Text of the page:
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Mycological Progress

, Volume 17, Issue 11, pp 1251–1267 | Cite as

New insight into the species diversity and life cycles of rust fungi (Pucciniales) affecting bioenergy switchgrass (Panicum virgatum) in the Eastern and Central United States

  • Shawn C. Kenaley
  • Menchus Quan
  • M. Catherine Aime
  • Gary C. Bergstrom
Original Article

Abstract

Research was undertaken to clarify the taxonomic identity of leaf rust (Pucciniales) fungi on bioenergy switchgrass in the Eastern and Central U.S. We integrated internal transcribed spacer 2 (ITS2) and partial 28S ribosomal RNA gene sequence data from collections taken from cultivated switchgrass and herbarium specimens, including purported aecial and telial states of Puccinia graminicola and Puccinia pammelii. Maximum likelihood and Bayesian analyses revealed four monophyletic clades: Puccinia emaculata sensu stricto (s.s.), P. pammelii, P. graminicola, and Puccinia novopanici. Results also indicated that P. emaculata s.s. was not affecting cultivated, bioenergy switchgrass. Aecidium pammelii and P. pammelii were distinct phylogenetically from P. emaculata s.s. and grouped within a well-supported clade, demonstrating aecial-telial host alternation for P. pammelii between Euphorbia corollata and switchgrass. Aecidium stillingiae on queen’s delight (Stillingia sylvatica)—a purported aecial state host for P. graminicola—shared identical sequences with the recently described species Puccinia pascua. The latter fungus, however, was recovered within a subclade of P. graminicola. Hence, queen’s delight likely is not an aecial host to P. graminicola s.s. Additional molecular studies are warranted to determine species boundaries within the P. graminicola complex. The majority of contemporary collections from cultivated switchgrass were recognized as P. novopanici. Collectively, bioenergy switchgrass is host to at least three phylogenetically distinct species, presenting a significant challenge to the future selection and breeding of switchgrass with improved rust resistance.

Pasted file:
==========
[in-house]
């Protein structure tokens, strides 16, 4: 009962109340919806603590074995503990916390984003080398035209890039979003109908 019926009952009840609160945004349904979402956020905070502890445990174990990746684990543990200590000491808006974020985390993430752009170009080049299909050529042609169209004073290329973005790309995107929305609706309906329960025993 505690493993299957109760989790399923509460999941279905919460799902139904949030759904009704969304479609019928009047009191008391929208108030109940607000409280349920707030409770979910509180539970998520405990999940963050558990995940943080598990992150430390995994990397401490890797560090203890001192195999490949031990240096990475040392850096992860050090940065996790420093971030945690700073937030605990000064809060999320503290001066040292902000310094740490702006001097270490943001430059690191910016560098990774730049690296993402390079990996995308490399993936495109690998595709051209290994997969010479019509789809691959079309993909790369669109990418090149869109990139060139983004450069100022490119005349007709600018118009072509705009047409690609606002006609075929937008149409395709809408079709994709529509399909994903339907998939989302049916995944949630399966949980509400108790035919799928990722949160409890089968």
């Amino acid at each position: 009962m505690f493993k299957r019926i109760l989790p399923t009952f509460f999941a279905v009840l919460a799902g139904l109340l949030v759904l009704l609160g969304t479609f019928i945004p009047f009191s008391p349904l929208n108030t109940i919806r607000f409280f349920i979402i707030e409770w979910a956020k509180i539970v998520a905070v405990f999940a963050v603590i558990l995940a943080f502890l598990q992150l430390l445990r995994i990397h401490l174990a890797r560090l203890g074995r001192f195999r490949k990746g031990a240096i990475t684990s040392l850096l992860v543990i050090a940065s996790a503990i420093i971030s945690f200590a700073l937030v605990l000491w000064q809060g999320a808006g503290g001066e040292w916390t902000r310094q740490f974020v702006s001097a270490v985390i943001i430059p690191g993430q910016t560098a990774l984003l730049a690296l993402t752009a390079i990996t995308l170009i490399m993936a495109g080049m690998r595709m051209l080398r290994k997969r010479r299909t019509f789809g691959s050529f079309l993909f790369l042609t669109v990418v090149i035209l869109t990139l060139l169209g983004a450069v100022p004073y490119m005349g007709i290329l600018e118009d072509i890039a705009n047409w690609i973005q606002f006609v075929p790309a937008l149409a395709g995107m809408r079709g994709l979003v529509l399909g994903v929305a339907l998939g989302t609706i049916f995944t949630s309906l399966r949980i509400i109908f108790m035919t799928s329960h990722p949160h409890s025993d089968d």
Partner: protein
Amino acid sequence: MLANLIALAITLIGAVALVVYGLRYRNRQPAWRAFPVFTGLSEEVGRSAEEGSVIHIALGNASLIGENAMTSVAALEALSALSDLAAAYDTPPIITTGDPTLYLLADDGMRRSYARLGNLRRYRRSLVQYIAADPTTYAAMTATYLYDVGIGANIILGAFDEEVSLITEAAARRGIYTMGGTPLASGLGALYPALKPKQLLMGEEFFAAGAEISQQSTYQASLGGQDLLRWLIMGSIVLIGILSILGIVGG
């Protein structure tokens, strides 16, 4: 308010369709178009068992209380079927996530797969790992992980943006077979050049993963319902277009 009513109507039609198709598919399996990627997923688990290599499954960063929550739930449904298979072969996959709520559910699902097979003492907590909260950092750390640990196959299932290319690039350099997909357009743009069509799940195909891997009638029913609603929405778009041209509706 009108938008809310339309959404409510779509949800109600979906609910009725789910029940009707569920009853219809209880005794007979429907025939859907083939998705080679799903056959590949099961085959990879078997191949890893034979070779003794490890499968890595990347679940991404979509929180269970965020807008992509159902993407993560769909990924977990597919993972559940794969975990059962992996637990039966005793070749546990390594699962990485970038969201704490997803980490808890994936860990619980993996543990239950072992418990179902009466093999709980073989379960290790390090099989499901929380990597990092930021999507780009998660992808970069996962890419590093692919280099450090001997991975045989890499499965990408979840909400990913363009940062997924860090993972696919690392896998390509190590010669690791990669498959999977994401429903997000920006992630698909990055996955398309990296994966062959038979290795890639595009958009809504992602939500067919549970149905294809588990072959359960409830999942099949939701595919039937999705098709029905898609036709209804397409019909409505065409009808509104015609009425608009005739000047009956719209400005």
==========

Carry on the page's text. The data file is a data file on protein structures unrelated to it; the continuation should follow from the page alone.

Keywords

Aecidium stillingiae Perennial grass Phylogeny Puccinia novopanici Puccinia pammelii 

Notes

Funding information

This study was funded in part by the Cornell University Hatch Project NYC 153743 from the United States Department of Agriculture-National Institute for Food and Agriculture (USDA-NIFA). The findings, conclusions, and/or recommendations expressed in this publication are those of the authors and do not necessarily reflect the view of the USDA-NIFA.

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Copyright information

© German Mycological Society and Springer-Verlag GmbH Germany, part of Springer Nature 2018

Authors and Affiliations

  1. 1.School of Integrative Plant Science, Plant Pathology and Plant-Microbe Biology SectionCornell UniversityIthacaUSA
  2. 2.Department of Botany and Plant PathologyPurdue UniversityWest LafayetteUSA

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